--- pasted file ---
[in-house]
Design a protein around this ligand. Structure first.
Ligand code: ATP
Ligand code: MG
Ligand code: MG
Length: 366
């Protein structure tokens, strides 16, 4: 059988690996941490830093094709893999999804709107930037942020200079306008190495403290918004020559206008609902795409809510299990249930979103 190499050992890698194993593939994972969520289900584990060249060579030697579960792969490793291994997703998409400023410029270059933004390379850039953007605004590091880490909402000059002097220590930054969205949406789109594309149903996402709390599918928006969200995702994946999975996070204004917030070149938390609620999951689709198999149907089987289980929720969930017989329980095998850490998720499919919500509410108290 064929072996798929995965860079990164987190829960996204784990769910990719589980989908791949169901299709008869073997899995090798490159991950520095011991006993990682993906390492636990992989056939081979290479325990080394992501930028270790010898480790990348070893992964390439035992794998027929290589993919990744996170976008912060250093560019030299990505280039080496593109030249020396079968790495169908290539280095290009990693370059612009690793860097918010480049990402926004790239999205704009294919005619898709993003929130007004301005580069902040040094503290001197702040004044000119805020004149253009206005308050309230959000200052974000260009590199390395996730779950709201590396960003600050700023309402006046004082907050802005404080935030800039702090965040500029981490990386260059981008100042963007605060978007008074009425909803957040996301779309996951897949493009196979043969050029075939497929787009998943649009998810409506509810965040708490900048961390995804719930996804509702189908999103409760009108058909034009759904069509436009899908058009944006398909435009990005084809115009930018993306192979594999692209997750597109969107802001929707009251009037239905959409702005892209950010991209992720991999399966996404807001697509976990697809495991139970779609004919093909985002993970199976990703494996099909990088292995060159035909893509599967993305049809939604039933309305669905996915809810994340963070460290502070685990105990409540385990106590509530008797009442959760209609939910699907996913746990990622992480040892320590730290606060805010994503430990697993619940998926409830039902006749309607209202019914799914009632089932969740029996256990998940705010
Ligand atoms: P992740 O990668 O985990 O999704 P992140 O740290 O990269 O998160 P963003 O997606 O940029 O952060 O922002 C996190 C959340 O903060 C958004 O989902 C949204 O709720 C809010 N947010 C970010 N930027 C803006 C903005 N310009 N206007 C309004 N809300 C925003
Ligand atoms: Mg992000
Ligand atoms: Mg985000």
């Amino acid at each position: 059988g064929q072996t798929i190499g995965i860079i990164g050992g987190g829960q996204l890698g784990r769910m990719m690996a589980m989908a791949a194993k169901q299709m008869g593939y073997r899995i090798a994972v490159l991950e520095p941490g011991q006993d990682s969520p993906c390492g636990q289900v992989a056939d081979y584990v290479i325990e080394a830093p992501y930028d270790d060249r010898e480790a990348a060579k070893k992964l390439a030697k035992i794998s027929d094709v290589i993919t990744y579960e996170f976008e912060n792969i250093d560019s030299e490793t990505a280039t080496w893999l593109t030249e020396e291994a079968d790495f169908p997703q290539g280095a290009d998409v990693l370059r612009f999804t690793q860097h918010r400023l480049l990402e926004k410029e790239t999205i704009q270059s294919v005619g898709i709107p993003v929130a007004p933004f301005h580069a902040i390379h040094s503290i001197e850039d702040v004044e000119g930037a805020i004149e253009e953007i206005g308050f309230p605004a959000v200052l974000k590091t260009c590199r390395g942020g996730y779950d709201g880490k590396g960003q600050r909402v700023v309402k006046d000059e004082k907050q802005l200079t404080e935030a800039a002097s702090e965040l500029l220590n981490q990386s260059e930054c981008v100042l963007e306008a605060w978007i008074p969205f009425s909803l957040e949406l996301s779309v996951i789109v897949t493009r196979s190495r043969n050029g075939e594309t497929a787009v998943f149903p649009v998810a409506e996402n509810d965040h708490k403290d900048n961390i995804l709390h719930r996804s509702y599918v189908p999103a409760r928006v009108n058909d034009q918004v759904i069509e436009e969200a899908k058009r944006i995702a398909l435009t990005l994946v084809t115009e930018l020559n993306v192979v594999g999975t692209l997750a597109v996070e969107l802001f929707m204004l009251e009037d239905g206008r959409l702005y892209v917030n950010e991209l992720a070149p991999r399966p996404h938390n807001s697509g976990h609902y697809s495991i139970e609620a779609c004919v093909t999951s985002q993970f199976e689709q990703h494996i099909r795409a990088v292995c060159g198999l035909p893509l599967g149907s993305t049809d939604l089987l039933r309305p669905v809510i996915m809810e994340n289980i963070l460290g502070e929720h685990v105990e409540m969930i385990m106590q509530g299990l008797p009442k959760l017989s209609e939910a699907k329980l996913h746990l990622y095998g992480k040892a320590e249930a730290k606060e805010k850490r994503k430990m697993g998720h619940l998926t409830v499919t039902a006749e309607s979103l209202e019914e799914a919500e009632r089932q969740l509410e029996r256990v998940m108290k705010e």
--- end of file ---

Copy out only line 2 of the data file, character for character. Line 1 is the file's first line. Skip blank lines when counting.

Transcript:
Design a protein around this ligand. Structure first.